How to turn non-voters into new voters

Young people said to be key this year

Isabell Rivera OW Contributors | 10/22/2020, midnight

Voting has always been a crucial part of democracy. During the last presidential race in 2016, many would-be voters turned into non-voters. They either believed the system was dubious or they weren’t convinced by the presidential candidates represented. Instead of voting for the candidate who shared somewhat of the same beliefs as the people, many citizens chose not to vote at all, giving the opponent in the race a silent vote, so to speak.

According to the Pew Research Center, more than 100 million American citizens didn’t vote in 2016.

This year might be different.

The political climate is polarized, due to our divisive president, police brutality nationwide, along with the pandemic caused by the novel coronavirus and the health disparities it revealed. As a result, many young people of color are eager to hit the voting booths, hoping to tackle systemic racism and inequality, according to data collected by the Advancement Project.

The collected data is part of the organization’s “Young Voters of Color Get Out the Vote” campaign. Their goal is to encourage young voters of color to vote in the November election since underrepresented groups make up one-third of all American citizens who are able to vote in 2020.

The research surveyed 1,915 qualified African-American, Pacific Islanders, Latinx, Native, and Asian American young voters, and results show they are more enthusiastic to vote, targeting issues they care about.

“Young voters like me are anxious to get to the November election and are scrambling to understand the voting environment,” said Kelsey Perine, a member of Advancement Project’s Young Voters of Color Advisory Committee and a senior at Southern University and A & M College in Baton Rouge, La. “For young people, it can be hard to register in states like Louisiana, and it can be challenging to sift through information to learn what is true and untrue. We need to hear about the issues we care about and what to do if we get turned away from the polls.”

Key revelations of the polling show that although young people from underrepresented communities are usually more skeptical in regards to politics, many decided to be engaged in their communities and joined protests—27 percent reported to have protested. And 25 percent joined charities or non-profits as a volunteer this year.

But young people of color also showed concern and confusion regarding the outbreak of COVID-19 and new voting procedures.

Data also shows many young people of color especially, feel stamped out of political conversations. Last but not least, the message of voting as a “duty of all citizens in a democracy” didn’t find common ground with young people of color eligible to vote.

“Young people of color have led the racial justice movement this summer with significant wins around policing,” said Judith Browne Dianis, executive director of the Advancement Project. “They are leading racial justice campaigns in the streets and intend to vote on the issues that mean the most to their communities this fall.”

Collected data also shows that 78 percent of young people of color eligible to vote took more political actions in 2020, such as signing a petition, protesting, or posting and sharing content on social media.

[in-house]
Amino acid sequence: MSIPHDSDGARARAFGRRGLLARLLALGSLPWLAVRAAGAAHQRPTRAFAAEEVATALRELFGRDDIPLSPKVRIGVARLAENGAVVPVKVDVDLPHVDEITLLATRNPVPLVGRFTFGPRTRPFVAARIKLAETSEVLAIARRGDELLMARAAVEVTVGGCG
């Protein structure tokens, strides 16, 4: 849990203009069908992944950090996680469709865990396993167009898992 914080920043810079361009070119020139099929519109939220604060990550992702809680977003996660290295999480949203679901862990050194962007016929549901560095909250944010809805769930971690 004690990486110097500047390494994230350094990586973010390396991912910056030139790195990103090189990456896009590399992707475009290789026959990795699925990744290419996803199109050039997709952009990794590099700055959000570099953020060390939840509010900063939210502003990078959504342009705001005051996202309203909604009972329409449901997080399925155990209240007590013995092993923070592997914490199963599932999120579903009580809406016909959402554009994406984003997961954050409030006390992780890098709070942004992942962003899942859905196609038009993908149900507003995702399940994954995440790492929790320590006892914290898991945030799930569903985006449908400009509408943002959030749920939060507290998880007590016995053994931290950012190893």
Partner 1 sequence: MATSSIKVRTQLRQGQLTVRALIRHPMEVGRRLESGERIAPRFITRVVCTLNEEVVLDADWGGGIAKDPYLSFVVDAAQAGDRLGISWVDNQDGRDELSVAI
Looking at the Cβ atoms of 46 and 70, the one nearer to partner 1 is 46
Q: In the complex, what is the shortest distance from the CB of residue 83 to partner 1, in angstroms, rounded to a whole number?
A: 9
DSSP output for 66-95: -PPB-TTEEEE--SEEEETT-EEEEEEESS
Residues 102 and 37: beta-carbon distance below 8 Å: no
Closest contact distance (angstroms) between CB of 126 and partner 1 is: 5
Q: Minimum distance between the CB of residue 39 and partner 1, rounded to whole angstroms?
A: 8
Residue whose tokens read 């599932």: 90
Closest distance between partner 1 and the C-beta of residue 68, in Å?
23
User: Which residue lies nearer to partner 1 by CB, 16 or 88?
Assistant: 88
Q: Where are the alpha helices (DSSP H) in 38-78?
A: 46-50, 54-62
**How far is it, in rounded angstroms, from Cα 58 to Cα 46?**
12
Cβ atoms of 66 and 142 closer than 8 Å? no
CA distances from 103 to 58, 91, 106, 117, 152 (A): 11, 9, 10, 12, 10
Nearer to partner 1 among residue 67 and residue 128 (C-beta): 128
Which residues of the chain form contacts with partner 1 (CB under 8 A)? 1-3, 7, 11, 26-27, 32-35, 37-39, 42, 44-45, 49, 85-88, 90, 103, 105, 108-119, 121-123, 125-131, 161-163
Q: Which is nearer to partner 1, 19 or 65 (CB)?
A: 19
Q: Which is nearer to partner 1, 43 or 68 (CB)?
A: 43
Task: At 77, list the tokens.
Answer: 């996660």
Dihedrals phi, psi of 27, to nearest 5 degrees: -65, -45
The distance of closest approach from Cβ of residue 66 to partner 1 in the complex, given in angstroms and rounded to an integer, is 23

“National, state and local groups reaching out to young people of color during the election season should talk explicitly about racism, injustice, and inequality,” Advancement Project Program Director Jorge L. Vasquez Jr. said. “We must continue educating young voters about how to safely and securely cast a ballot in 2020. Clear communications about available voting options will help address their understandable anxiety about unfamiliar voting methods and COVID-19 exposure at the polls.”

Dr. David Campt believes that through dialogue, people’s behavior can be changed. Where many believe campaign strategies are the key to turn discouraged- or non-voters into voters, Campt believes that in order “To solve this national problem, conversations about voting need to make people feel empowered.”

Campt, who is a national facilitator and renowned speaker, has been teaching strategies to change attitudes and behaviors.

“Too many people are voting based on what team they’re on,” Campt said. “We need more people voting based on their values, and also more people talking about their values to others. To do that, we need good dialogue skills.”

There are seven keynotes Campt uses in a dialogue which are based on neuroscience, as well as compassion to encourage non-voters to vote.

It’s important to ask questions to those wary of the process.

“One way is to ask about their concerns for their lives and for the country,” according to Campt. “Ask about voting perspectives, instead of passing judgment about their political opinion. The idea is to get young people to talk about their own experiences and reasoning.

Sharing stories and exchanging experiences can reportedly help win trust in the election process. The stories don’t have to be about voting but can have other political components. Show listeners that there are times when people felt powerless, but they transformed this feeling to empowerment. Voting can have that kind of impact.

Another tacic is to point out the fact that many people would like to vote but can’t vote, such as legal aliens, immigrants, children and those who are incarcerated. People who can vote can speak for those who are voiceless.

According to Campt, 60 percent of non-voters have never been asked to vote. If an acquaintance shows the slightest interest toward making a difference by voting, offer to help by taking them to the voting booth.